Post-apartheid desegregation in Vereeniging, 1991-1996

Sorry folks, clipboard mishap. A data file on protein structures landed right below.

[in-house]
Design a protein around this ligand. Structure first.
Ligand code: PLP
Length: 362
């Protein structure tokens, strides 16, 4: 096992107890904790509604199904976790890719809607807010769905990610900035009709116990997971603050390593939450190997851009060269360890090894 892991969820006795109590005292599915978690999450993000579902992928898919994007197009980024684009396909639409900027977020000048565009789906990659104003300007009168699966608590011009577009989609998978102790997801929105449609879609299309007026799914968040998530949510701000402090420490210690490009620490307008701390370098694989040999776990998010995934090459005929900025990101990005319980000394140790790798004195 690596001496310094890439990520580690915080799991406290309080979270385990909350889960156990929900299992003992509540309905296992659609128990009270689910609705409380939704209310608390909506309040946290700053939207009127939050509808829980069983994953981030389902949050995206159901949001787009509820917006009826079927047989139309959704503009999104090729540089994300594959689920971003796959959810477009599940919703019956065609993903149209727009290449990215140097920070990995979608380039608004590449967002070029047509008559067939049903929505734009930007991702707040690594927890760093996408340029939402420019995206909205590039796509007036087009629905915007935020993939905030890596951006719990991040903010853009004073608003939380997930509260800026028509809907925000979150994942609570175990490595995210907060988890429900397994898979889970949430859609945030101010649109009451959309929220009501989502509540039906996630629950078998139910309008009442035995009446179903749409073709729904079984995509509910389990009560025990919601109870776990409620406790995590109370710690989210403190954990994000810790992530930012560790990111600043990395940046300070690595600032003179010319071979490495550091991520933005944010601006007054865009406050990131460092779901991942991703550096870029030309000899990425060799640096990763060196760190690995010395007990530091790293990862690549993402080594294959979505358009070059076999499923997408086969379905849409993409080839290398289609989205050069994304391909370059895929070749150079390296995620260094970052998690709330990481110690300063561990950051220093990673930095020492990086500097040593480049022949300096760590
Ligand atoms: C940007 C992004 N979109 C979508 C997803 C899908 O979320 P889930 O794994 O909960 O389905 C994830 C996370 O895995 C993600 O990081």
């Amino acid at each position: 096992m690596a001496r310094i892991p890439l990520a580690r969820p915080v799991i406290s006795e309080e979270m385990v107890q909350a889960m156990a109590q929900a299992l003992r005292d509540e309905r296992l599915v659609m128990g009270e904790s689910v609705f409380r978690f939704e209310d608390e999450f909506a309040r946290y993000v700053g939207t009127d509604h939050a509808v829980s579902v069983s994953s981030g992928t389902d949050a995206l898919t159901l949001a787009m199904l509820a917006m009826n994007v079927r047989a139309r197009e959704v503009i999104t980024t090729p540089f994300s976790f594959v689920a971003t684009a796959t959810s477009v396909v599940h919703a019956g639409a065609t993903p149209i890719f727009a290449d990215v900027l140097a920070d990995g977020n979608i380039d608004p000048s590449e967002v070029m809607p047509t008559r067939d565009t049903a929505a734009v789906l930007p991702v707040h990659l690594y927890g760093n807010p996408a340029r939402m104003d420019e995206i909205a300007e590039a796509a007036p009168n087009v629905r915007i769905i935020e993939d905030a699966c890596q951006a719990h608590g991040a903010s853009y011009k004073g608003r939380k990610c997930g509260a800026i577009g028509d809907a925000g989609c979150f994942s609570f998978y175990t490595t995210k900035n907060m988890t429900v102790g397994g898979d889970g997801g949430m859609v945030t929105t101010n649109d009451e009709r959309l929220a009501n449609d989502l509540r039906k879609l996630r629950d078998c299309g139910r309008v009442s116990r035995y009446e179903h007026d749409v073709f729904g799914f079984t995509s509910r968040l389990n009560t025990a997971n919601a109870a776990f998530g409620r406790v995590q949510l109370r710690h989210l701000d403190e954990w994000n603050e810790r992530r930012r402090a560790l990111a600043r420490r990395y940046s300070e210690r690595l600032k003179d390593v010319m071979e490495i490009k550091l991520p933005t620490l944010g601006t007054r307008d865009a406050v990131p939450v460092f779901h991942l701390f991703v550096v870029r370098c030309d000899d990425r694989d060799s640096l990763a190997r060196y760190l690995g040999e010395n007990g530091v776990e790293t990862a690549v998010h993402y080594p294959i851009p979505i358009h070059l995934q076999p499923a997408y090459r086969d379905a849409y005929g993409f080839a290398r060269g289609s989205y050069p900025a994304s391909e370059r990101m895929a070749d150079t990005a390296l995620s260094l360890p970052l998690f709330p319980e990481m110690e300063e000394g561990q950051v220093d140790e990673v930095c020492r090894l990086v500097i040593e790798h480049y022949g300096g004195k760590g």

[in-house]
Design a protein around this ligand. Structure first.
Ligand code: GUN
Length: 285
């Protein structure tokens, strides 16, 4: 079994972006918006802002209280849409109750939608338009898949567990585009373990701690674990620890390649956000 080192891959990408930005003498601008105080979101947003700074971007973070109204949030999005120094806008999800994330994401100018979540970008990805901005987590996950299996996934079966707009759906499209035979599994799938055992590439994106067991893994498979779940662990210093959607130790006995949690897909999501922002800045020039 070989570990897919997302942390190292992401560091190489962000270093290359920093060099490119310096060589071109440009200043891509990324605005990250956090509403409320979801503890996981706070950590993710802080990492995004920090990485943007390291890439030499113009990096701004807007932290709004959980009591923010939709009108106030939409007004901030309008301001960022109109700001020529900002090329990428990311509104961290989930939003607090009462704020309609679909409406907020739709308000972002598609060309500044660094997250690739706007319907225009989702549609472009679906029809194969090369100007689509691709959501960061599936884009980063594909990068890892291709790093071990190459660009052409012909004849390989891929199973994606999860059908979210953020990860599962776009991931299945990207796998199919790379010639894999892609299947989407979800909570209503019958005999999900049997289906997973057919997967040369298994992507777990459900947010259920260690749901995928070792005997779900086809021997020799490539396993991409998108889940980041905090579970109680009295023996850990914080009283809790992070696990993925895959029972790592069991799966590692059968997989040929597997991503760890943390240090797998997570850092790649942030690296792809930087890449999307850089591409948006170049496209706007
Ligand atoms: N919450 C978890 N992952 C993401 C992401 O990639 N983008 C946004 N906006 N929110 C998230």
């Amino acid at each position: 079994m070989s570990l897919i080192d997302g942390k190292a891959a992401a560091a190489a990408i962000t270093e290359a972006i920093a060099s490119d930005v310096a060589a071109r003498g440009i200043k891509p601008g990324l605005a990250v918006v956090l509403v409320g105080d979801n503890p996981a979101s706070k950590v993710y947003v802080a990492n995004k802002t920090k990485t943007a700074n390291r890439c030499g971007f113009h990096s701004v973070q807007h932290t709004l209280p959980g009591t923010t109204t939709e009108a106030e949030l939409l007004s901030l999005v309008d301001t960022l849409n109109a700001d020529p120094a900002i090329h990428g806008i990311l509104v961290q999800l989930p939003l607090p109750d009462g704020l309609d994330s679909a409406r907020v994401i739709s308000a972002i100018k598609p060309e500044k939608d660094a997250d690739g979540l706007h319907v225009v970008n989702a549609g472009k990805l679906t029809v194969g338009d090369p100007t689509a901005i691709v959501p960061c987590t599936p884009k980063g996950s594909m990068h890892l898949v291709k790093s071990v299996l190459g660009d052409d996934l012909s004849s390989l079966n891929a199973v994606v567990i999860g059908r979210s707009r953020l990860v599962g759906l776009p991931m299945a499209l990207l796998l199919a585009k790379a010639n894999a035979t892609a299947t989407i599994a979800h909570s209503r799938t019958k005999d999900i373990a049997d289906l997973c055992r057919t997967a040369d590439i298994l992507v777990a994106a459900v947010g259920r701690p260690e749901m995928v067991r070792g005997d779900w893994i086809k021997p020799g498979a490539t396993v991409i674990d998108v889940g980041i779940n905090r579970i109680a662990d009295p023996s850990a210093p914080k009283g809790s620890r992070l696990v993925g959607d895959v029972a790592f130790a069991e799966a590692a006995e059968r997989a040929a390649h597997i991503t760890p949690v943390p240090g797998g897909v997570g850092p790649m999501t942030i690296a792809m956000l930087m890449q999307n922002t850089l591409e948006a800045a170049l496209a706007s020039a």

In 1923, when the concept of Black locations was introduced following the Blacks (Urban Areas) Act, the Blacks became segregated from the other racial groups and were forced to live on the peripheries of towns. Subsequently, the passing of the Group Areas Act of 1950 and 1966 ensured the maximisation of a geographical distance between the Whites, Coloureds. and Indians, thereby giving the South African towns and cities a racially demarcated character. However, in June 1991 the Abolition of Racially Based Land Measures Act, 1991 (10811991) was passed to herald a socio-political change. This reversion of policy by Government therefore gave rise to the current investigation into desegregated settlements. The purpose of, this survey study was to describe and explain the phenomenon of desegregation in the South African town of Vereeniging after the repeal of the Group Areas Act, 1950 (4111950). Pertinently this study contemplated the following specific aims: First, to determine the extent of desegregation in terms of the number and spatial distribution of Black migrants in the former White residential areas in Vereeniging. Secondly to describe and explain the nature of desegregation in Vereeniging in terms of the socio-economic characteristics of the Black migrants. It was first postulated that residential desegregation in Vereeniging was still of limited extent, and that residential areas in the town were unequally exposed to the process of desegregation. Secondly, that the spatial patterns of desegregation were modulated by the socio-economic characteristics of Black migrants. Therefore, the rating records that contained useful information about the property owners from the Vereeniging-Kopanong Metropolitan Substructure were used to develop a sampling frame. A total of 1 394 Black migrants was identified on the basis of unique African surnames. A sample of 326 randomly selected participants was identified. The questionnaires were distributed to the participants residential addresses. The completed questionnaires were collected personally from the participants. The rationale for this was to, inter alia, maintain a good rapport with the participants. The Information Technology and Management (ITM) of the Vaal Triangle campus of the Potchefstroomse Universiteit vir Christelike Hoër Onderwys was used to capture and analyse the data through the Statistical Analysis System (SAS) programme. The lndex of Dissimilarity and lndex of Segregation were calculated to determine the socio-spatial distribution of Black migrants in the town. The cross tabulations were applied with respect to some items of the questionnaire in order to determine the degree of association between one variable and the other. It, however, became apparent from the subsequent analyses that the number of Blacks who lived in the White areas of Vereeniging was relatively small. This finding provided a support to the postulate that residential desegregation in Vereeniging was still of limited extent. Confirming this finding was the town's 0,3% to 19,0% desegregation range. Even so, highly desegregated scenarios manifested in the central business district (CBD) and in areas of the town that are continguous to the Black townships. Finally, this study has recommended that urban geographers should investigate the liveability of White migrants who began to migrate to Black townships immediately after all residential areas, including the Black areas, were declared desegregated in terms of the Abolition of Racially Based Land Measures Act , 1991 (10811991).
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